France and Germany have agreed to develop
a new generation European fighter jet together, that will replace their current fleets.
French President Emmanuel Macron called a “revolution” in their defense relations. A statement from the French presidency after
talks between German Chancellor Angela Merkel and Macron in Paris said, ”The two partners
hope to finalize a joint roadmap by mid-2018”. Macron added that fighter jets are very heavy
projects for our armies and our governments and a joint European aircraft would help save
money and remove competition between different jets currently on the market.
He further added that, “The aim of this joint fighter jet project is to do research
and development together… to use it together.. and to coordinate on exports”. In this video, Defense Updates analyzes the
joint French & German 6th generation fighter. Lets get started. Dassault Rafales and Eurofighter Typhoon are
currently the most advanced fighter jet deployed by France & Germany respectively. Rafale is a twin-engine, canard delta wing,
multirole fighter aircraft designed and built by Dassault Aviation. Equipped with a wide
range of weapons, the Rafale is intended to perform air supremacy, interdiction, aerial
reconnaissance, ground support, in-depth strike, anti-ship strike and nuclear deterrence missions.
The Rafale is referred to as an “omnirole” aircraft by Dassault. The Eurofighter Typhoon is a twin-engine,
canard-delta wing, multirole fighter. Typhoon program is a multinational collaboration among
the UK, Germany, Italy and Spain.The Eurofighter Typhoon is a highly agile aircraft, designed
to be a supremely effective dogfighter in combat. Later production aircraft have been
increasingly better equipped to undertake air-to-surface strike missions and to be compatible
with an increasing number of different armaments and equipments. Both Rafale & Typhoon is referred to as 4.5-generation
fighters and there is no plan for a 5th a fighter. U.S has moved ahead with deploying F 35 5th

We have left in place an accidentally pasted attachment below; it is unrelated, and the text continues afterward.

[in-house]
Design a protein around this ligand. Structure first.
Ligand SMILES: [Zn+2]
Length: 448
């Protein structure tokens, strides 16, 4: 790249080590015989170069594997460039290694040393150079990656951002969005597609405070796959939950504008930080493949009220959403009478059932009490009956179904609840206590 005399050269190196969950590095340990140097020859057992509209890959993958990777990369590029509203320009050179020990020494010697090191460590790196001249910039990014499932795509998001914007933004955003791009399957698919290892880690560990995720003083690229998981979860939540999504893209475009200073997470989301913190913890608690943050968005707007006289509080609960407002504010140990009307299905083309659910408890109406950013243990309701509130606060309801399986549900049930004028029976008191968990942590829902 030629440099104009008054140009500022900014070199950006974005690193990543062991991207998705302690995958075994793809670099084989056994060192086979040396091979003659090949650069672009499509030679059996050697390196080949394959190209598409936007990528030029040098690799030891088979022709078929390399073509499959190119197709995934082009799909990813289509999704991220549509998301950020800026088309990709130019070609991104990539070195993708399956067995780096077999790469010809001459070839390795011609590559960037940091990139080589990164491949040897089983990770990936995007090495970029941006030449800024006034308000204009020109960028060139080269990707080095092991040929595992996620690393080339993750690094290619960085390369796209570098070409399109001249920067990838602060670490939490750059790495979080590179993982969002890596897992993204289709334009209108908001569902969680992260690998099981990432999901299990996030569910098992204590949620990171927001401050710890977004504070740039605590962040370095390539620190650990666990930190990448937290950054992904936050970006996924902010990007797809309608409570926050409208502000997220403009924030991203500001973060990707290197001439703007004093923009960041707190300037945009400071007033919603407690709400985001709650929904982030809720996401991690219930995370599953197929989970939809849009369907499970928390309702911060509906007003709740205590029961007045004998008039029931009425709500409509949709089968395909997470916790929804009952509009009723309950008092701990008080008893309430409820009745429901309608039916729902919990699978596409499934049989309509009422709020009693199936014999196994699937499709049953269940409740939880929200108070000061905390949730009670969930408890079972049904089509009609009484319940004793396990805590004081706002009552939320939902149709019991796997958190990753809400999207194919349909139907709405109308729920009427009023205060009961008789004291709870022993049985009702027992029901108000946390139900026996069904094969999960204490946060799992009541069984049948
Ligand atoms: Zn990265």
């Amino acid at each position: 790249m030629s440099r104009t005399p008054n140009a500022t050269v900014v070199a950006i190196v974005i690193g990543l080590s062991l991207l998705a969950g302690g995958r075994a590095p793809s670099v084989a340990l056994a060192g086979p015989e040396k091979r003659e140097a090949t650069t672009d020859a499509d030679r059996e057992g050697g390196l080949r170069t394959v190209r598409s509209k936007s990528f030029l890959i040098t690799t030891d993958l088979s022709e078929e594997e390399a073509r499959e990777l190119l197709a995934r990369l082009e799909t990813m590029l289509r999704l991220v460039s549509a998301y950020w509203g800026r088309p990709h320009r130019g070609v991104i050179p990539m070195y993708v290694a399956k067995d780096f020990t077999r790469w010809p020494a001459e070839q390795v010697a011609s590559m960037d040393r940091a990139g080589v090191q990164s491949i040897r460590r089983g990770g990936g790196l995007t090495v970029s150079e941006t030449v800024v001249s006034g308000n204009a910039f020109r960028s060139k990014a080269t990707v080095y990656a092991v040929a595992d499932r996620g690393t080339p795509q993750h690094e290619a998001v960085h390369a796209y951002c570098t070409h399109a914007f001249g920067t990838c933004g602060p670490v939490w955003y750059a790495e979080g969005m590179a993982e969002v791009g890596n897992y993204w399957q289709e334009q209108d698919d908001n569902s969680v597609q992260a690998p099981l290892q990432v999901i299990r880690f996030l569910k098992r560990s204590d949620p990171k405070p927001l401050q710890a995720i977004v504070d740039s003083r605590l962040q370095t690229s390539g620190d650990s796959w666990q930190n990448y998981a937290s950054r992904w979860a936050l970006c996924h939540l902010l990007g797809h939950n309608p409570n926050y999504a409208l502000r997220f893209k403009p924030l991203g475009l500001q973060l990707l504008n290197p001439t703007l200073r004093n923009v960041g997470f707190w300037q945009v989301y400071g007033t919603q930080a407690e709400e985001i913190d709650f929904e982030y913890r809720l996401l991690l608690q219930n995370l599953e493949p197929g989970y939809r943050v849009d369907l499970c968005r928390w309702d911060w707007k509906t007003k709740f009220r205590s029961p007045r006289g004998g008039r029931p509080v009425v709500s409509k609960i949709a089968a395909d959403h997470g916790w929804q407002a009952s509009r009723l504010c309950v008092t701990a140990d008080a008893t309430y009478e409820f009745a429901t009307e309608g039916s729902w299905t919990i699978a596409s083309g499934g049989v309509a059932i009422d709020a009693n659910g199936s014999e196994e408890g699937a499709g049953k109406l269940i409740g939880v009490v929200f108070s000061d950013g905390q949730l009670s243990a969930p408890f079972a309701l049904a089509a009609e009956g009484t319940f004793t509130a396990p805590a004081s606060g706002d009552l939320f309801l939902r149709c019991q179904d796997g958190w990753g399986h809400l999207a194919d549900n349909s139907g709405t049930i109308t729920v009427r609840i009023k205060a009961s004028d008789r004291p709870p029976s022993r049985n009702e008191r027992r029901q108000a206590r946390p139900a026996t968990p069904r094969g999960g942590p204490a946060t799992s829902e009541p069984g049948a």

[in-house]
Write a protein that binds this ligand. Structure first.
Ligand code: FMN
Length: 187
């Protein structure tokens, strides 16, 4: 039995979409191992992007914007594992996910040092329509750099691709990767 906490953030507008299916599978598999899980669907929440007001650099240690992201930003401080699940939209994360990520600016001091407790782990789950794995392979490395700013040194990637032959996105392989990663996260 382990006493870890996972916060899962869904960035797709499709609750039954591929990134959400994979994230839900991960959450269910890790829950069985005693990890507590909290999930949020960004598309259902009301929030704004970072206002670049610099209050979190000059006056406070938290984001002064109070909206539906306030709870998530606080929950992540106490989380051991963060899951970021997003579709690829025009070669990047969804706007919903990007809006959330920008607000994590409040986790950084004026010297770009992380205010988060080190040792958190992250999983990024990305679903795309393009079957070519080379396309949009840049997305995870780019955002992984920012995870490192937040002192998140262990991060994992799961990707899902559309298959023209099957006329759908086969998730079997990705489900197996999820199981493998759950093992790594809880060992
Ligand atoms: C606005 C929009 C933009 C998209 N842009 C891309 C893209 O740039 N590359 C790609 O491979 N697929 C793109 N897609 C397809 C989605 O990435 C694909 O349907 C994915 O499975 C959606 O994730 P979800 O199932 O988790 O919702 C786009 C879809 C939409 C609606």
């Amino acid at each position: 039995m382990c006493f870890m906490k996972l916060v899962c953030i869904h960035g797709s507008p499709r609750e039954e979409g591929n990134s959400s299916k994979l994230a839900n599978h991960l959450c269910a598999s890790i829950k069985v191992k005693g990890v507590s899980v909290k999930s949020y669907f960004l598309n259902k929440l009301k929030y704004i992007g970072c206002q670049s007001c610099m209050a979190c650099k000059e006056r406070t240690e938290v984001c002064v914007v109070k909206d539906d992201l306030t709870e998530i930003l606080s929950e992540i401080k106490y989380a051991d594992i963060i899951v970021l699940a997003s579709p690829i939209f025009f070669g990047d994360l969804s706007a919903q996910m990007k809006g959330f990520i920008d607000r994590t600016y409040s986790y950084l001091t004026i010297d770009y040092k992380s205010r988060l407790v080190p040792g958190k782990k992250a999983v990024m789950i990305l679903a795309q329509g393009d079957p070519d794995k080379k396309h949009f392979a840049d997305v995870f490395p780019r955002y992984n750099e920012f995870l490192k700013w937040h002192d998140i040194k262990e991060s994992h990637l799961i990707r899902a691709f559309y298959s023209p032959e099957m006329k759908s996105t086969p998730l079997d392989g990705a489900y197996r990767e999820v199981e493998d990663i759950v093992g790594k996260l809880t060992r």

generation fighter apart from having F 22 Raptor. Several partners nations like the
United Kingdom, Italy, the Netherlands, Canada, Turkey, Australia, Norway and Denmark and
allies like Japan and Israel are also deploying the fighters. Russian 5th generation Su 57 has been unveiled
last year and even made a short appearance in Syria. Deigned by Sukhoi corporation, Su
57 is a stealth, single-seat, twin-engine multirole fighter developed for air superiority
and ground attack operations. China has also deployed its own 5th generation
J-20. Developed by Chengdu Aerospace Corporation, it is as s a single-seat, twinjet, all-weather,
stealth fighter aircraft. The announcement of cooperation between France
& Germany comes at a time when U.S President Trump has been prodding Europe to do more
with respect to defense and be less dependent on America. In late April of this year on the sidelines
of an air show in Berlin , France & Germany have signed a 10 page common requirements
document that outlines the required capabilities at a very high level. The aircraft will have low-observable characteristics
so that it can penetrate enemies air defenses. The fighter will be equipped very powerful
sensors including a synthetic aperture radar that will be able to scan the airspace at
long ranges. These features are reminiscent of fifth-generation
fighters, but the upcoming fighter is likely to go far beyond and add many new capabilities.
The fighter may have the ability to manage stealthy drones deploying both kinetic weapons
and electronic warfare systems—a concept known as manned-unmanned teaming. It may also
include laser weapons , advanced cybersecurity to protect against hacking and AI enabled
auto pilot. Initial work on the jet will be started from
this year itself and it is expected to be operational by 2040. Apart from improving
ties, pooling resources together makes sense as developing a high profile fighter is very
cost intensive and requires huge amount of effort.
The plane will be the first stealthy plane developed in Europe.
The idea is combine the technical prowess of very capable companies like Airbus, Dassault,
Thales, MBDA and Safran to develop a potent fighter jet. After the base work is done, the program could
be expanded to include British firms like BAE systems and Swedish firm Saab, which is
the maker of JAS 39 Gripen. It will be extremely important to have a solid
management to get the coordination right and if done in proper way the fighter could turn
out to be world beater.